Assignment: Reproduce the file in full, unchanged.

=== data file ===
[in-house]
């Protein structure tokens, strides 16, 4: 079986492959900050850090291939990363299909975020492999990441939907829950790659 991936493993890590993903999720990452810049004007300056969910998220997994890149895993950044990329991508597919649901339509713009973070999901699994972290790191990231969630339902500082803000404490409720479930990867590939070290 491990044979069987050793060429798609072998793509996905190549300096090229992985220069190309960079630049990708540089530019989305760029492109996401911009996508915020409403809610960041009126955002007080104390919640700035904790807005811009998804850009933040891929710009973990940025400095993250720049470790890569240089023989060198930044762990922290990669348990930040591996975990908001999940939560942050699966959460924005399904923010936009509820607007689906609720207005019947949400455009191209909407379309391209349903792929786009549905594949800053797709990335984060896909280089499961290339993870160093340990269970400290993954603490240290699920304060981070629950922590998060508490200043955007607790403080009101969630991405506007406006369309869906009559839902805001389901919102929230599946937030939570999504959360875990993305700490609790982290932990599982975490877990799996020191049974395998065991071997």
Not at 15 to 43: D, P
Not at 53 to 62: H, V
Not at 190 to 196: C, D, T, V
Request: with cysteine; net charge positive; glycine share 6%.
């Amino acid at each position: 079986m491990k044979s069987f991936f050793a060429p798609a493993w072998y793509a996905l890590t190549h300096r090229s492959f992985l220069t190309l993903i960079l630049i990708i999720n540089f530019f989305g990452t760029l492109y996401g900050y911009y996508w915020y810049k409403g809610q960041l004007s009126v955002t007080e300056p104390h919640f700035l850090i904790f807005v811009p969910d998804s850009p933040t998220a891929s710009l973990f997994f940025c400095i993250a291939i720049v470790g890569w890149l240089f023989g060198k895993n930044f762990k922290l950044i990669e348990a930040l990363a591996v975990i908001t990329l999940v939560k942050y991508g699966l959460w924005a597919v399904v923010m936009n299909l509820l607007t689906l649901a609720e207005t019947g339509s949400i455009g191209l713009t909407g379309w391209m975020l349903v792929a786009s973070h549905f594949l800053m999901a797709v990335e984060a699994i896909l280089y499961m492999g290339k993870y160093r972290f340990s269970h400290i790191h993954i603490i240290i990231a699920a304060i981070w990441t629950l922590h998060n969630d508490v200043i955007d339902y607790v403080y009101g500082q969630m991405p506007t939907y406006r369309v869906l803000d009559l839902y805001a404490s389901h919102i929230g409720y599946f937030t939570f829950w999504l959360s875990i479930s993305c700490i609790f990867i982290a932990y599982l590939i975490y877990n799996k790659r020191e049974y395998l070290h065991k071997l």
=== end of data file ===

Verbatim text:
[in-house]
């Protein structure tokens, strides 16, 4: 079986492959900050850090291939990363299909975020492999990441939907829950790659 991936493993890590993903999720990452810049004007300056969910998220997994890149895993950044990329991508597919649901339509713009973070999901699994972290790191990231969630339902500082803000404490409720479930990867590939070290 491990044979069987050793060429798609072998793509996905190549300096090229992985220069190309960079630049990708540089530019989305760029492109996401911009996508915020409403809610960041009126955002007080104390919640700035904790807005811009998804850009933040891929710009973990940025400095993250720049470790890569240089023989060198930044762990922290990669348990930040591996975990908001999940939560942050699966959460924005399904923010936009509820607007689906609720207005019947949400455009191209909407379309391209349903792929786009549905594949800053797709990335984060896909280089499961290339993870160093340990269970400290993954603490240290699920304060981070629950922590998060508490200043955007607790403080009101969630991405506007406006369309869906009559839902805001389901919102929230599946937030939570999504959360875990993305700490609790982290932990599982975490877990799996020191049974395998065991071997």
Not at 15 to 43: D, P
Not at 53 to 62: H, V
Not at 190 to 196: C, D, T, V
Request: with cysteine; net charge positive; glycine share 6%.
């Amino acid at each position: 079986m491990k044979s069987f991936f050793a060429p798609a493993w072998y793509a996905l890590t190549h300096r090229s492959f992985l220069t190309l993903i960079l630049i990708i999720n540089f530019f989305g990452t760029l492109y996401g900050y911009y996508w915020y810049k409403g809610q960041l004007s009126v955002t007080e300056p104390h919640f700035l850090i904790f807005v811009p969910d998804s850009p933040t998220a891929s710009l973990f997994f940025c400095i993250a291939i720049v470790g890569w890149l240089f023989g060198k895993n930044f762990k922290l950044i990669e348990a930040l990363a591996v975990i908001t990329l999940v939560k942050y991508g699966l959460w924005a597919v399904v923010m936009n299909l509820l607007t689906l649901a609720e207005t019947g339509s949400i455009g191209l713009t909407g379309w391209m975020l349903v792929a786009s973070h549905f594949l800053m999901a797709v990335e984060a699994i896909l280089y499961m492999g290339k993870y160093r972290f340990s269970h400290i790191h993954i603490i240290i990231a699920a304060i981070w990441t629950l922590h998060n969630d508490v200043i955007d339902y607790v403080y009101g500082q969630m991405p506007t939907y406006r369309v869906l803000d009559l839902y805001a404490s389901h919102i929230g409720y599946f937030t939570f829950w999504l959360s875990i479930s993305c700490i609790f990867i982290a932990y599982l590939i975490y877990n799996k790659r020191e049974y395998l070290h065991k071997l």